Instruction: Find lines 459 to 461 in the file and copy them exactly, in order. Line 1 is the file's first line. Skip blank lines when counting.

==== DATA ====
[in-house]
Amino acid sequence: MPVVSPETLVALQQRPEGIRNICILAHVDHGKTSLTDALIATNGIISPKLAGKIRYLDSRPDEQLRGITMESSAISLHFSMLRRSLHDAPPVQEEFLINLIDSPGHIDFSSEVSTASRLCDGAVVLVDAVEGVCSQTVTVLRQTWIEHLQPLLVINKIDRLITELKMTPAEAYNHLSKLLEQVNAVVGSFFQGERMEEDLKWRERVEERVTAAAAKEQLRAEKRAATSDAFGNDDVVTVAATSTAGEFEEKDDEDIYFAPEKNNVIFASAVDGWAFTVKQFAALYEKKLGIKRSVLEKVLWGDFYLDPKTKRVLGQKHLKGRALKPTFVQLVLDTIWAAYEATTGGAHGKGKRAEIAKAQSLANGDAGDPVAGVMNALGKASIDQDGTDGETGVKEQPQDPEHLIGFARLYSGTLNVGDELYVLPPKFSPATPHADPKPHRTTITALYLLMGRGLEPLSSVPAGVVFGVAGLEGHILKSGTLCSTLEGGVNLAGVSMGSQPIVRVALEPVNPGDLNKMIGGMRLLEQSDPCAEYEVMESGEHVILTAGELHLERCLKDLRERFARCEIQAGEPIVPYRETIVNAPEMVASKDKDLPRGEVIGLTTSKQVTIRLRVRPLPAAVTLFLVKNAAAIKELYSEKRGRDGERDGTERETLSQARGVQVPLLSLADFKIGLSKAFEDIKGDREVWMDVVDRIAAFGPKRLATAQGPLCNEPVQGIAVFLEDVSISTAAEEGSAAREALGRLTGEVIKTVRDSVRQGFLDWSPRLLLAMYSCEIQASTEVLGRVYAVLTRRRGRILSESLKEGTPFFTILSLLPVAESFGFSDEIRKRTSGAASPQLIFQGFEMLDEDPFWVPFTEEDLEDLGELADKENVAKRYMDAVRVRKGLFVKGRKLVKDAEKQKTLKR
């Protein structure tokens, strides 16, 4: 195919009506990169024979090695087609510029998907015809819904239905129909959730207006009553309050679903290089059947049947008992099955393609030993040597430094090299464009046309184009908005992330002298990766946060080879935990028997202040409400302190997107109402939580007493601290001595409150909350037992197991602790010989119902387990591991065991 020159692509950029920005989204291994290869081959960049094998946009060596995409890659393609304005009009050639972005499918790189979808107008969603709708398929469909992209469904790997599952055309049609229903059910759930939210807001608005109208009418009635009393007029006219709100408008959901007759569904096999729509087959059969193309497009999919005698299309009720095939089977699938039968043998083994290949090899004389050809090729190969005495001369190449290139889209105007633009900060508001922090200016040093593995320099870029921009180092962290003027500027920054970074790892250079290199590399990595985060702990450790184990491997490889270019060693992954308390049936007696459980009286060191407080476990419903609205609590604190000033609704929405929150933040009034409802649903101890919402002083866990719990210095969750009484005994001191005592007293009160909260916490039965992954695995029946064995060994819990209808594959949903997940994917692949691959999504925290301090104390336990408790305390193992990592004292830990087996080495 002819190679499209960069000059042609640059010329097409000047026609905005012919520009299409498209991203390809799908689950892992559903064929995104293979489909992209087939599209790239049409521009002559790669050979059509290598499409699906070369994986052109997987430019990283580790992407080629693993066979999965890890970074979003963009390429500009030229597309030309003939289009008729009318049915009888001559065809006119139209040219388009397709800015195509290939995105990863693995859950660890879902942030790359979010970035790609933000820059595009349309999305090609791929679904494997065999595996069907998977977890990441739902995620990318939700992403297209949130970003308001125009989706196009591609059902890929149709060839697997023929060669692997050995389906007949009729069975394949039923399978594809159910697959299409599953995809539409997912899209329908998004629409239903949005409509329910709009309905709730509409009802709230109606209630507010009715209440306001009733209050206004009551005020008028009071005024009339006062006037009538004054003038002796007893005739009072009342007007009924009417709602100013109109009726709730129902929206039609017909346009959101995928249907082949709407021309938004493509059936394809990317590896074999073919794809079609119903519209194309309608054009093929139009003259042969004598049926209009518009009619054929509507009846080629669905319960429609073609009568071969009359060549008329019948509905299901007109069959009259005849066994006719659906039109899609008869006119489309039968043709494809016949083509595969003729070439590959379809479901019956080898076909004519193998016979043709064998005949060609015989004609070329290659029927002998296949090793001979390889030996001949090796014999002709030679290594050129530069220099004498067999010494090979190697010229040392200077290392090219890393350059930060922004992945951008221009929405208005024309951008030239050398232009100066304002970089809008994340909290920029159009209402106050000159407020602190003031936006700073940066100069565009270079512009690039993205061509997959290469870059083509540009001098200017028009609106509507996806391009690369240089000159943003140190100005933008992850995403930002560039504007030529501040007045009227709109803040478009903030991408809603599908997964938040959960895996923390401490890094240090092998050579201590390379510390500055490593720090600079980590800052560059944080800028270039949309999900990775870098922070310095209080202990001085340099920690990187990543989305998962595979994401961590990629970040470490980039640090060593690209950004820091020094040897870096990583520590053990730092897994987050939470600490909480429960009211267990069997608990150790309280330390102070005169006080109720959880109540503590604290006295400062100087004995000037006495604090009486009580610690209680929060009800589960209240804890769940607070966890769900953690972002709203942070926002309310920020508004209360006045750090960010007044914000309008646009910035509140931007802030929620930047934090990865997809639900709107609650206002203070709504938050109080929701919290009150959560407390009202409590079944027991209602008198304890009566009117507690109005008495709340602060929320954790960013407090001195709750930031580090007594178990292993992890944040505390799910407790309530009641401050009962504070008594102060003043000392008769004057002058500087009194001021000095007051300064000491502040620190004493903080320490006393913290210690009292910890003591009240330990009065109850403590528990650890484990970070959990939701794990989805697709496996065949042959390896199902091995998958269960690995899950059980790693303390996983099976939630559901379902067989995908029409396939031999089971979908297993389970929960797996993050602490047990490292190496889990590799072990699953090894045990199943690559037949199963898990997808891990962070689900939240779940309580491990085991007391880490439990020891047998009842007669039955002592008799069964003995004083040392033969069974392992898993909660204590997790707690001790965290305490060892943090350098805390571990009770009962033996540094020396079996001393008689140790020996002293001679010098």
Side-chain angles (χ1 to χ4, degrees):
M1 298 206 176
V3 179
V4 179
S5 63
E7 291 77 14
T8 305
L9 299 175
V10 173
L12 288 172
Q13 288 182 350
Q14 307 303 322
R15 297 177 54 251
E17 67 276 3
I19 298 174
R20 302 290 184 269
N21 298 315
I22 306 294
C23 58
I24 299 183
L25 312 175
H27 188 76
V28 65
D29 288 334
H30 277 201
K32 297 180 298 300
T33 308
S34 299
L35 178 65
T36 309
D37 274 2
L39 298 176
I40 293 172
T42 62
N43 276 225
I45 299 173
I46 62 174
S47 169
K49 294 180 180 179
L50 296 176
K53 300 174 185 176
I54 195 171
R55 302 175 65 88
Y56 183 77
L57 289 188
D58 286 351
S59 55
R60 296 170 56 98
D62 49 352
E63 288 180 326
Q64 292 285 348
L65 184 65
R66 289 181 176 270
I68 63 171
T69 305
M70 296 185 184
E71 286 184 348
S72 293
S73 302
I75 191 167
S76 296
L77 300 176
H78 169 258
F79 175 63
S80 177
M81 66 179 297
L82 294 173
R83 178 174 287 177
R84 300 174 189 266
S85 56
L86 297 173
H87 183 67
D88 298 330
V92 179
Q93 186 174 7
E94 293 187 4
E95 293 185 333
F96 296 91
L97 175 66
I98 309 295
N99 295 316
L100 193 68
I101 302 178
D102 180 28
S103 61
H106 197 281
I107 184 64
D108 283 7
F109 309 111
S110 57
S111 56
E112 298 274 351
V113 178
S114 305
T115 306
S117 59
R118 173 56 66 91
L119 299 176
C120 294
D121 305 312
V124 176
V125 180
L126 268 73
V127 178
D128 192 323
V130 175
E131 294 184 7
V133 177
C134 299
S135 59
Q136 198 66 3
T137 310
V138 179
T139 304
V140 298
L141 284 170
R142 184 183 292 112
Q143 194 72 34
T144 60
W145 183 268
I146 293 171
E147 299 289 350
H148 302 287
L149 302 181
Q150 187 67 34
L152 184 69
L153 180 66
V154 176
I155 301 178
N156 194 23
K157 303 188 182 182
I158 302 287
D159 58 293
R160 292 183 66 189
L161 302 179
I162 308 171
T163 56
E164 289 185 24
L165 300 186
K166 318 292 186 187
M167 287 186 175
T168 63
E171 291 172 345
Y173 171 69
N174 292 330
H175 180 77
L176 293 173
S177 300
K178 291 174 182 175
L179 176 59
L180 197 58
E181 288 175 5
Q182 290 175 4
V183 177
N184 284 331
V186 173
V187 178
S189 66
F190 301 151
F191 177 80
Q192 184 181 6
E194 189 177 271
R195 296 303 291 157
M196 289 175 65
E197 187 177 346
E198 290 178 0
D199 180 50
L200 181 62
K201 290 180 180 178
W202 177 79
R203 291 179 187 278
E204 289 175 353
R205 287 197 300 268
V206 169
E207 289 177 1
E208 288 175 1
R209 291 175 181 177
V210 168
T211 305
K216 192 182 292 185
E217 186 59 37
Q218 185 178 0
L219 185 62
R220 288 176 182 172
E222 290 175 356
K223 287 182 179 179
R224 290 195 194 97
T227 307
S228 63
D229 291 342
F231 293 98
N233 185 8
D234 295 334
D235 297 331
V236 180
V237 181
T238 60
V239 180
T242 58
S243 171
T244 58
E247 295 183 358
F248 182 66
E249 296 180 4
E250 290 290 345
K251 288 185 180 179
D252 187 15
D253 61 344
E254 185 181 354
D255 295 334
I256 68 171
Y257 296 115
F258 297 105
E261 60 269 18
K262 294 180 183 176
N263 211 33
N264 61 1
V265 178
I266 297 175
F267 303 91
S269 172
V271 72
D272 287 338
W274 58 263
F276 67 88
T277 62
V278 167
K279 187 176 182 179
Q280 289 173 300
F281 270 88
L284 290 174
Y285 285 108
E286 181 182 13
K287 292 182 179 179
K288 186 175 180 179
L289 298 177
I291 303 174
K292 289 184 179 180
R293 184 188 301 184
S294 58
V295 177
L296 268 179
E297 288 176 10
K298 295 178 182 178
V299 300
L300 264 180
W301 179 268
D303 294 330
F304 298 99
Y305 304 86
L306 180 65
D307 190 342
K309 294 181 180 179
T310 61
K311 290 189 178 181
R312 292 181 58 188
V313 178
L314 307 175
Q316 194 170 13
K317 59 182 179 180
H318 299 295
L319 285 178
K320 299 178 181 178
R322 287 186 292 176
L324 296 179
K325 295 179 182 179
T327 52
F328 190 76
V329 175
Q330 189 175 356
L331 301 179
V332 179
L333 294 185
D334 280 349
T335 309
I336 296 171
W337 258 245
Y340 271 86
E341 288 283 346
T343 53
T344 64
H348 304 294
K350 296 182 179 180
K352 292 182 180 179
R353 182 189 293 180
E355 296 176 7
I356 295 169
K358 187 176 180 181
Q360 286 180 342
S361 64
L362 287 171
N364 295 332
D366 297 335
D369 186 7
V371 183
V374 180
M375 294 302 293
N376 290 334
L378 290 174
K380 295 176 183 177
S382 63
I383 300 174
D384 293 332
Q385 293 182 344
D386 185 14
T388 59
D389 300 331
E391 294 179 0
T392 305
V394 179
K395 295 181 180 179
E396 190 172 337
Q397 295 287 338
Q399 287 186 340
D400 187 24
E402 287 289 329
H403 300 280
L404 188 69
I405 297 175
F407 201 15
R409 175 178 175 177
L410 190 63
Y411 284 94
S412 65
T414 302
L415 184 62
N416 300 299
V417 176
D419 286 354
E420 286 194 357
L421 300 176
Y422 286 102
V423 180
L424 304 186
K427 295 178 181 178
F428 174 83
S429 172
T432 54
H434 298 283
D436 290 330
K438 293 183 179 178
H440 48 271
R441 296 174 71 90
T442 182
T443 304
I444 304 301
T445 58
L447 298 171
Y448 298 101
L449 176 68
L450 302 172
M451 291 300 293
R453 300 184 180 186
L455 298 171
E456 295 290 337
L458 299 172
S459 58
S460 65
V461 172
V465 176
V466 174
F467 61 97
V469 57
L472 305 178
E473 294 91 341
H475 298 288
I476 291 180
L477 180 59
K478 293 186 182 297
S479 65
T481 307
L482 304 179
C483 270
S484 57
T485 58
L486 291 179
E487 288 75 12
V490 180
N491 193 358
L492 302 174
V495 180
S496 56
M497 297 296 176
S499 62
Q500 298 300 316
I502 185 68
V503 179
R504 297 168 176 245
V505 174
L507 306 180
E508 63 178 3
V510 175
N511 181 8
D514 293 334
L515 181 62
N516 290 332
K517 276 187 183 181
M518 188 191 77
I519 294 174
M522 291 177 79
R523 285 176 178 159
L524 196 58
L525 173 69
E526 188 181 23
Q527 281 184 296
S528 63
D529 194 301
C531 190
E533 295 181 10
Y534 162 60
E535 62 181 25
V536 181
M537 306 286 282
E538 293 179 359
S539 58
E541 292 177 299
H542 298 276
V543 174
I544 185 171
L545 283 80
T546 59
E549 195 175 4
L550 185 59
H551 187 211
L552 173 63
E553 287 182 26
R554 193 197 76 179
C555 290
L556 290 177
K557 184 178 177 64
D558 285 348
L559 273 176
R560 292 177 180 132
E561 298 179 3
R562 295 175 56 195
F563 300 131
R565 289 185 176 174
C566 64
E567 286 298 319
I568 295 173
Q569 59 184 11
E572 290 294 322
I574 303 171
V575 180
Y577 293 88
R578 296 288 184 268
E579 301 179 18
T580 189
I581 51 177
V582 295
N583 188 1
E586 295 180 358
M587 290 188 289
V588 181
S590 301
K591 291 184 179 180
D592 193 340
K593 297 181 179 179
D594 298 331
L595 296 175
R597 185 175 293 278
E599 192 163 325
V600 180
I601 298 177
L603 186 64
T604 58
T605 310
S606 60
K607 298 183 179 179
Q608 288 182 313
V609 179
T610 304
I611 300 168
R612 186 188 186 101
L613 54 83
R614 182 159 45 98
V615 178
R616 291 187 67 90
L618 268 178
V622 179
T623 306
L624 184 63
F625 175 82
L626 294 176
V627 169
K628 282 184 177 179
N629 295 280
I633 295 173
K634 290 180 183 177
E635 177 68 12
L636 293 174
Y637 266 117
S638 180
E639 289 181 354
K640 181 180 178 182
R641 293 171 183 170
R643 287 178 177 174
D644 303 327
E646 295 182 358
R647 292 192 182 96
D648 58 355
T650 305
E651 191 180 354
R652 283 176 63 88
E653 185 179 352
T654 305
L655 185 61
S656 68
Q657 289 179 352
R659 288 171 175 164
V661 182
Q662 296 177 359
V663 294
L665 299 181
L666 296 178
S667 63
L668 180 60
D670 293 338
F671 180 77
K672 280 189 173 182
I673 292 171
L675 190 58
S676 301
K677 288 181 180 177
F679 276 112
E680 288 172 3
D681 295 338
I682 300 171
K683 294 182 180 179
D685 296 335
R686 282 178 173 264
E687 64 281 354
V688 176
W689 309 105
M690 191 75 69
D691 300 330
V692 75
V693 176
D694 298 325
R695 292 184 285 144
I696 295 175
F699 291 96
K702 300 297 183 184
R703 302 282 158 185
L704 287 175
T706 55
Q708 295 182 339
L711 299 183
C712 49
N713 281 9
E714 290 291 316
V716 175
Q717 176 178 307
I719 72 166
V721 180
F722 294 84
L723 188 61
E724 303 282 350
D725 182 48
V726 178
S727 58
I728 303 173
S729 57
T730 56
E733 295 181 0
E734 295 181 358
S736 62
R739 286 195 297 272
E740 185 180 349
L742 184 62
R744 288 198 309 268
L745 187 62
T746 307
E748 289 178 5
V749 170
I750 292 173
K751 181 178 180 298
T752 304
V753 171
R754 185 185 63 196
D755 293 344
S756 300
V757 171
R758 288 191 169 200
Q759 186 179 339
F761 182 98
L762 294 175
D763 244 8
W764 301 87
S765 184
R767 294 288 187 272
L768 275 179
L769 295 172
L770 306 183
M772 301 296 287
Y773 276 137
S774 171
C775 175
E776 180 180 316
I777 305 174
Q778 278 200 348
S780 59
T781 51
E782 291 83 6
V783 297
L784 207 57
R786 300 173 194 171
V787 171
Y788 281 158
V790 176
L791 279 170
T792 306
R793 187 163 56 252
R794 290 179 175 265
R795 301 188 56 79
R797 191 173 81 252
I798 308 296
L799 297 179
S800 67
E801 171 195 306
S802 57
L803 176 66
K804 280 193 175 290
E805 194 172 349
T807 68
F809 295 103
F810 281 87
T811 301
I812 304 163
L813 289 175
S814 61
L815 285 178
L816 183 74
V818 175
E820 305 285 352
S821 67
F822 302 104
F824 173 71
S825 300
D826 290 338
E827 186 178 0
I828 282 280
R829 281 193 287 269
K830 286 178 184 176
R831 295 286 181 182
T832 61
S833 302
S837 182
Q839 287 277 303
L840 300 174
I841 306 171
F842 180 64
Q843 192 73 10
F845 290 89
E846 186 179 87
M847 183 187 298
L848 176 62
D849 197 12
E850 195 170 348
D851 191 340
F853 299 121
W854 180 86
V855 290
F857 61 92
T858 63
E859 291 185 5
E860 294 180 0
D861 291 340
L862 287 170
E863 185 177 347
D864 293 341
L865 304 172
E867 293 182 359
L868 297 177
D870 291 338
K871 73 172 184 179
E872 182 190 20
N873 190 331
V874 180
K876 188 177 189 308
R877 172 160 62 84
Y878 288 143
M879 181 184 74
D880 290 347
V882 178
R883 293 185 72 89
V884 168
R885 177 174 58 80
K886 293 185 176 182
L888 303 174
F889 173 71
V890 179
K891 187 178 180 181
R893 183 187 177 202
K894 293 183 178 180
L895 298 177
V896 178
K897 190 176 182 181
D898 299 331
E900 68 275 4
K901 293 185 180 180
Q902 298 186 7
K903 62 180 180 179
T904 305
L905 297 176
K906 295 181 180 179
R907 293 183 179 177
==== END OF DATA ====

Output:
K591 291 184 179 180
D592 193 340
K593 297 181 179 179